If you use email, chances are you are aware on how to spot phishing emails. It turns out that is not enough to be safe from phishing online, with bad actors increasingly getting creative with their techniques to steal sensitive user data. We spotted a very recent Twitter account that got active barely 16 hours prior to the time of this post. It infringes on Natwest bank’s brand and has been tweeting replies to unsuspecting users with links to fake Natwest bank websites. Here is a screenshot of recent most activity from the account.

Fake Customer Support handle

Image 1. Fake Natwest customer supper twitter handle tweeting phishing links

The way this phish works is the scammer replies to a tweet sent from a user to the real customer support handle. In this case, the real handle for Natwest customer support is Natwest_Help. If the user falls for the fake customer support’s tweet as seen above, they will end up entering credentials on the phishing website.

We went further to check the phishing links above and they indeed are fake Natwest webpages with forms for stealing user credentials. The website goes step-by-step asking for user information. On one page it asks for specific characters from password (e.g. 2nd, 3rd and 8th), presumably trying to mimic the real Natwest UI, but then in the next page it asks for full password and pin. The forms in these “verification” pages are quite elaborate asking for information ranging from customer number, password, pin, user address and credit card info.

Fake Customer Support handle

Image 2. Example of one of the “verification” steps

Once a user goes through the process and hits submit, the website sends the user information to the scammers and then redirects the user to https://personal.natwest.com – the legitimate version of Natwest’s online website. The redirection happens through Google’s URL redirection which is another popular technique among scammers to redirect users to bad websites. In this case however, it is merely being used for redirecting users to the bank’s website, so the user doesn’t suspect the malicious activity.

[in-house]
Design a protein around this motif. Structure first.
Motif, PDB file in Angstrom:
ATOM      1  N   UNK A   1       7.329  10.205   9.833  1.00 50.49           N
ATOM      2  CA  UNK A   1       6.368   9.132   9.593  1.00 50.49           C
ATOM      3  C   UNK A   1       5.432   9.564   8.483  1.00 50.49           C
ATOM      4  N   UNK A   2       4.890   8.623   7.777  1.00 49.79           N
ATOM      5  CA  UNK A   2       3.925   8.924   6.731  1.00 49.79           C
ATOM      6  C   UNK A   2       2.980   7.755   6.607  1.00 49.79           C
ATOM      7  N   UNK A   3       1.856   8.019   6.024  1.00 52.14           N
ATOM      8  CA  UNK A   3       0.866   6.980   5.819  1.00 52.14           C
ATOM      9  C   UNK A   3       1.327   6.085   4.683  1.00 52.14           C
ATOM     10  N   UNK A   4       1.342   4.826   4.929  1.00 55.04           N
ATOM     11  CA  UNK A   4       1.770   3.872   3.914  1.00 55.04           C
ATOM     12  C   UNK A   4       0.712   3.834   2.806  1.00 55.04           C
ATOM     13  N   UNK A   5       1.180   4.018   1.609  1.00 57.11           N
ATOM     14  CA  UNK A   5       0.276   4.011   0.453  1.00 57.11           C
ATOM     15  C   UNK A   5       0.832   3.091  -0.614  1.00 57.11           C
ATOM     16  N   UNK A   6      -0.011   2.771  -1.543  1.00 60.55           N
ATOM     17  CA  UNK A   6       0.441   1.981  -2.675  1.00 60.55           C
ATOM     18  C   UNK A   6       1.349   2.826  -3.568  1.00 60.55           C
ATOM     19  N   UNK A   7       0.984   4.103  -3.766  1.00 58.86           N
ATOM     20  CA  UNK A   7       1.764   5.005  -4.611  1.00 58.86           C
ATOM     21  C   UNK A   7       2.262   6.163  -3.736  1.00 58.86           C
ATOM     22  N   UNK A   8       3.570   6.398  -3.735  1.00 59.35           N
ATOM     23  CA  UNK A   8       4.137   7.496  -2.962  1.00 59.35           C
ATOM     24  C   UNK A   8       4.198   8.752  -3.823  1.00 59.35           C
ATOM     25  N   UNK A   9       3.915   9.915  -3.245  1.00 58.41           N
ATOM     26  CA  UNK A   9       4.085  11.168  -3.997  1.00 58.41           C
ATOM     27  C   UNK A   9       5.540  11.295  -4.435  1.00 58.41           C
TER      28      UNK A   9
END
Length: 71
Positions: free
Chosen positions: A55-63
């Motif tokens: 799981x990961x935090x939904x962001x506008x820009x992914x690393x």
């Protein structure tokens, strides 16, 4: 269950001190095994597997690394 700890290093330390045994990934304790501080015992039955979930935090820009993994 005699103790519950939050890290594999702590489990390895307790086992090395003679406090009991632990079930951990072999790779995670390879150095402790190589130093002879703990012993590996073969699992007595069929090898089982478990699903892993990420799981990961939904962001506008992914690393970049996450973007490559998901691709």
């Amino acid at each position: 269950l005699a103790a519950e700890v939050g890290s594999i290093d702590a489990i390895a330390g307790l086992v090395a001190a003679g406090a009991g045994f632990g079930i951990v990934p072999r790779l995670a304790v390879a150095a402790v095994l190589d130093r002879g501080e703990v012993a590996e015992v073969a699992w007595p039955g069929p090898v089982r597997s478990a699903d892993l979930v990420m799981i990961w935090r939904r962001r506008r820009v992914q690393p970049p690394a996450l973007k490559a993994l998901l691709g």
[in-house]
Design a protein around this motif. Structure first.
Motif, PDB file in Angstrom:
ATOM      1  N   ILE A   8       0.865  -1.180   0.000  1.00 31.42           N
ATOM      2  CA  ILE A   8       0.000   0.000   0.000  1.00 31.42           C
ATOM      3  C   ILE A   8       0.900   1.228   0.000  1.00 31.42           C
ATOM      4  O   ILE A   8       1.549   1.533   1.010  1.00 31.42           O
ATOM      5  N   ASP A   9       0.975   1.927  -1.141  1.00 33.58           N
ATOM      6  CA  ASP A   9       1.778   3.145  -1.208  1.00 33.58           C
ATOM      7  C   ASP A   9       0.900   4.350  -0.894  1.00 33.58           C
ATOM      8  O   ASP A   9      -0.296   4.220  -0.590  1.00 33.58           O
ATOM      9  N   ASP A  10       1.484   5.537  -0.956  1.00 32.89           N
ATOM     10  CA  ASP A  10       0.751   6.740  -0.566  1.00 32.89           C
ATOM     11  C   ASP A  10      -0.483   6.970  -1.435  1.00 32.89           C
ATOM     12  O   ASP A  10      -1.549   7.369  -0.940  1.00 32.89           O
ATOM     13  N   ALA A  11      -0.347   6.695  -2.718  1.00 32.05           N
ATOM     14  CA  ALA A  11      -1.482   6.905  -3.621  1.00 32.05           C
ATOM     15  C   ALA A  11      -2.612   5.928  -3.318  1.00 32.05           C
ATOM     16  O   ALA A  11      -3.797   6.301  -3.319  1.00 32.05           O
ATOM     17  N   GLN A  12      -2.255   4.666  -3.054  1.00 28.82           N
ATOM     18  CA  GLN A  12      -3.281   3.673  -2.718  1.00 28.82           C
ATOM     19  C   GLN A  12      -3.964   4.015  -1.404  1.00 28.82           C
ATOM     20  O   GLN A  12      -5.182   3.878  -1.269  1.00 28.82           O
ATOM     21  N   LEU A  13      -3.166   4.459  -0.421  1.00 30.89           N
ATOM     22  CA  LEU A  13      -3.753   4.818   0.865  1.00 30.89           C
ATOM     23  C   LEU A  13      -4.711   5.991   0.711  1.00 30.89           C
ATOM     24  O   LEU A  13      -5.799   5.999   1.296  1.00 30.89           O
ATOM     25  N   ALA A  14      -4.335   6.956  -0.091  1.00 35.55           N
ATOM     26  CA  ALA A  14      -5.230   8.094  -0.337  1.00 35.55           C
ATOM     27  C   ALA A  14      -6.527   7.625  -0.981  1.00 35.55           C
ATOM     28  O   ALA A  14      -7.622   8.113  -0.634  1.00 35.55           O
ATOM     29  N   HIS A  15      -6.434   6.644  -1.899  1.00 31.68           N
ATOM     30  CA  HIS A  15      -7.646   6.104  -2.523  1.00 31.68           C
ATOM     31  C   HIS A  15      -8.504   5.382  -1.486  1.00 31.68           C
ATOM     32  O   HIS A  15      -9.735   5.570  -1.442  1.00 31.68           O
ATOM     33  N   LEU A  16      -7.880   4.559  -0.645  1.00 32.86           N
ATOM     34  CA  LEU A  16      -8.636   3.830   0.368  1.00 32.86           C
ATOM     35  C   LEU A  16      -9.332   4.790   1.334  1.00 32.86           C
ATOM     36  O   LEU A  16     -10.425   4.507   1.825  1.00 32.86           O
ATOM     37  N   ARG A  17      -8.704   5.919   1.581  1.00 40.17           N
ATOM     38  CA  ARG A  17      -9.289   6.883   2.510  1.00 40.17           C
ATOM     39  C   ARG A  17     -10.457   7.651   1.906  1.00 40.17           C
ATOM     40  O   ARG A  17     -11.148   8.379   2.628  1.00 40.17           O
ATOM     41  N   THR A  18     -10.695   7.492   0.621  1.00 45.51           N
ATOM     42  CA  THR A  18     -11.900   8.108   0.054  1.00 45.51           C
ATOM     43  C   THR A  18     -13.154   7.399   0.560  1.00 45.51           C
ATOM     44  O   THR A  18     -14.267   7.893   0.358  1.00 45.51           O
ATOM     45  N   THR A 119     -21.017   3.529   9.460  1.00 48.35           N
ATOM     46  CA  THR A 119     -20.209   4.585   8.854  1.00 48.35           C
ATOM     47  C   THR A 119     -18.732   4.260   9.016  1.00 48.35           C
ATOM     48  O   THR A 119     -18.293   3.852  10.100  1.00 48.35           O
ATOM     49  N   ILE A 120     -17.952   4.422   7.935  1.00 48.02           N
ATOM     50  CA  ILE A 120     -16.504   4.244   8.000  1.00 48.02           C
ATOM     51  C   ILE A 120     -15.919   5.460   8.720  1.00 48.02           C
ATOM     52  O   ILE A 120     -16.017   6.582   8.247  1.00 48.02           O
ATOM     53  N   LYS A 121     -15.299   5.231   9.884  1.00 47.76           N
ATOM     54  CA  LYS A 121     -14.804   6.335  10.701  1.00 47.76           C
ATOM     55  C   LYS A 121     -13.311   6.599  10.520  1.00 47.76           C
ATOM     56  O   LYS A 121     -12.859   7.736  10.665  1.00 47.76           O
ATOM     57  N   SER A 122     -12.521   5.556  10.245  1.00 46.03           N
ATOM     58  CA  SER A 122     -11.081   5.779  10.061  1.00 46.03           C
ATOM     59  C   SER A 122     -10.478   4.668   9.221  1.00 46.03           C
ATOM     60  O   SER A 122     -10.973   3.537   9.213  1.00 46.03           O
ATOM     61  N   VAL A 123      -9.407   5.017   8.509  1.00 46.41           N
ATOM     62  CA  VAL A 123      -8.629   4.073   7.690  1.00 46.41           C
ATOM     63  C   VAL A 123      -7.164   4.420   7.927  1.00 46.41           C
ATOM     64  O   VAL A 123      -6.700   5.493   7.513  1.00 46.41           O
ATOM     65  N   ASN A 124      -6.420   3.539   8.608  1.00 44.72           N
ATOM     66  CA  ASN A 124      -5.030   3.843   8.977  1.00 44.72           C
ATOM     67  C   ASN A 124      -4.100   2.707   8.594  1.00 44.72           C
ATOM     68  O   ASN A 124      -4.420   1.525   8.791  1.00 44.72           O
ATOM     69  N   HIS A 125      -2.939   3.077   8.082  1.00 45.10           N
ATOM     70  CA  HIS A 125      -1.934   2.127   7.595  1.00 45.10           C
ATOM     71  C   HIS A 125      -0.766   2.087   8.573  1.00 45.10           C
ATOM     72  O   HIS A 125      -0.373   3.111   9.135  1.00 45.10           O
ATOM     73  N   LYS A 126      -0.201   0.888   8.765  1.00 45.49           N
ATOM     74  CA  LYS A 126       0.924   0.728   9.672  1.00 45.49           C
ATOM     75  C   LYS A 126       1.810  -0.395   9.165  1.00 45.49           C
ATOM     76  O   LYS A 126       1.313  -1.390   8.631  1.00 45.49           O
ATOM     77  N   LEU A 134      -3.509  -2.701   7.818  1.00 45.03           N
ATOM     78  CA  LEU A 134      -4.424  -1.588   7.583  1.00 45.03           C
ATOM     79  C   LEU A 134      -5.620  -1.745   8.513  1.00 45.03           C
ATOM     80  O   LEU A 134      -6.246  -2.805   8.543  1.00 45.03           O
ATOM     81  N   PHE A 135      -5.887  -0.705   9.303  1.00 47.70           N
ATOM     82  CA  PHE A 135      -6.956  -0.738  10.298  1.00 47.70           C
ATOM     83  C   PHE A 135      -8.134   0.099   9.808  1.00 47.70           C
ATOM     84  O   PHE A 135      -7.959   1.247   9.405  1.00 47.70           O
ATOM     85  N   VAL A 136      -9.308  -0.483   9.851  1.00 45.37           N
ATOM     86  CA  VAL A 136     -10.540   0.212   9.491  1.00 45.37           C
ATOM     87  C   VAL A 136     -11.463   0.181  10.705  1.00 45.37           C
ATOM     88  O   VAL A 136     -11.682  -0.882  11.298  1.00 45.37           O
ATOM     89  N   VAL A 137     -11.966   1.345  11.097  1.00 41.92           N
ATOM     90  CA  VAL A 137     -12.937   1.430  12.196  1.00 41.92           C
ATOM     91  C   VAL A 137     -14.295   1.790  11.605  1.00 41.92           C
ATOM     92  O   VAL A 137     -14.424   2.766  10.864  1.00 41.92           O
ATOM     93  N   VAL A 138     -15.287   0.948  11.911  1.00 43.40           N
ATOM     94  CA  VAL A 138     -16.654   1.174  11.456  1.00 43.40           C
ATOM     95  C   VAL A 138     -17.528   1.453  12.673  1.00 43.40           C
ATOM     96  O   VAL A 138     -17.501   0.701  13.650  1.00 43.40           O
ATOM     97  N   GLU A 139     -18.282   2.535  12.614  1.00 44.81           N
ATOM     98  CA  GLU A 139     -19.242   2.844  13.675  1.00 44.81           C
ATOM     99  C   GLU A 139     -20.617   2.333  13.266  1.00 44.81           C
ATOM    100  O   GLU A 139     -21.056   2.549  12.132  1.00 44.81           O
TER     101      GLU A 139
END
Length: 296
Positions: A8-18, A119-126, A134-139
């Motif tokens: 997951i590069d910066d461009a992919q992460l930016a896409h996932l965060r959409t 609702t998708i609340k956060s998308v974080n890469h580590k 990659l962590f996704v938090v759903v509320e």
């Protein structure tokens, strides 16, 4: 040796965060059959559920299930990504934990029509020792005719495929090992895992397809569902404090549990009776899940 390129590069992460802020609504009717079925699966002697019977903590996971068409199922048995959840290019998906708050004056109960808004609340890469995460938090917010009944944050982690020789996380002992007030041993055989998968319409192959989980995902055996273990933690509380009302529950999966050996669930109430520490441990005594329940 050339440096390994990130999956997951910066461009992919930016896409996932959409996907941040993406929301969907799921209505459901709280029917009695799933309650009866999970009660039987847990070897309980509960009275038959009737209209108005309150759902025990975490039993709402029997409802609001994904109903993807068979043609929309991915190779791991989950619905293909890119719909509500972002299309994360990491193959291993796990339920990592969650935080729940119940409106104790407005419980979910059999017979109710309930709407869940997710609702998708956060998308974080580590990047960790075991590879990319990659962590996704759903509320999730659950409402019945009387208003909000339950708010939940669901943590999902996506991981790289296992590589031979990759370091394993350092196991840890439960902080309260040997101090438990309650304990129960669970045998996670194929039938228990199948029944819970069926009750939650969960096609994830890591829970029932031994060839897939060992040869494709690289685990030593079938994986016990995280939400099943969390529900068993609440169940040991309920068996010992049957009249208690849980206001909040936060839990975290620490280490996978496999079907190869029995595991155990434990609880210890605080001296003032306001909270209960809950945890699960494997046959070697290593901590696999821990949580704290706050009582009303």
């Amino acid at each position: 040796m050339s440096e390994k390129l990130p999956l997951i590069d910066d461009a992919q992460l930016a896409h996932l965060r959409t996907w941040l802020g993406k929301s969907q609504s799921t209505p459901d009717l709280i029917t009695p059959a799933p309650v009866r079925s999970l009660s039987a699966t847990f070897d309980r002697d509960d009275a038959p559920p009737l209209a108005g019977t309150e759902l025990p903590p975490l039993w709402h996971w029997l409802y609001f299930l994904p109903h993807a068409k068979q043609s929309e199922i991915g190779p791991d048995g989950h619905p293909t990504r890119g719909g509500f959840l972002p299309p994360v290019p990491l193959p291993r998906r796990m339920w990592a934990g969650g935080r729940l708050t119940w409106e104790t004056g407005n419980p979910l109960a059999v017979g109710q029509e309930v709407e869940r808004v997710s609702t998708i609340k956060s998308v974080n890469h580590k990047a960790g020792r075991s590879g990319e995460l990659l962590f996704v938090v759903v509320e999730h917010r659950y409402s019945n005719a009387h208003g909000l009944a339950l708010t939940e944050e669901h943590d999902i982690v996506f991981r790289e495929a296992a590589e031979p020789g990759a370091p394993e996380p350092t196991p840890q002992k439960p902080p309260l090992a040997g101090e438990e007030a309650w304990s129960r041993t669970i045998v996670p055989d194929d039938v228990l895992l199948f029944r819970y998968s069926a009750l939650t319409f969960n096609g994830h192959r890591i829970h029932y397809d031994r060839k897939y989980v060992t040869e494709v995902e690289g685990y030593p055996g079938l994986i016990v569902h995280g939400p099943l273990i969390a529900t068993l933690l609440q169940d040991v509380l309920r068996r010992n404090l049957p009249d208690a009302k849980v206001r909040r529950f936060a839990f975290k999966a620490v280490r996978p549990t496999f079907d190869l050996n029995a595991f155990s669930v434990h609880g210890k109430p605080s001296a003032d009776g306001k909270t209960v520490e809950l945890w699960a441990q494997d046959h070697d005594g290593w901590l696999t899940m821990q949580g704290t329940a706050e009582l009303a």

Fake Customer Support handle

Image 3. Redirection to natwest.com through google.ru

Phishing on Twitter looks extremely genuine because the communication is user initiated and the reply looks just like the reply you’d expect from the customer support handle. Therefore, it becomes even more difficult for unsuspecting users to spot fake handles and links.

In this case, we reported the account to Twitter Support but at the time of the post, the handle was still alive. Thankfully, the phish sites (see below) were down.

Quick shoutout to Techhelplistcom for bringing attention to the fake Twitter handle.

Spare a moment and send us a note using Twitter or reply on this post. We’re happy to talk!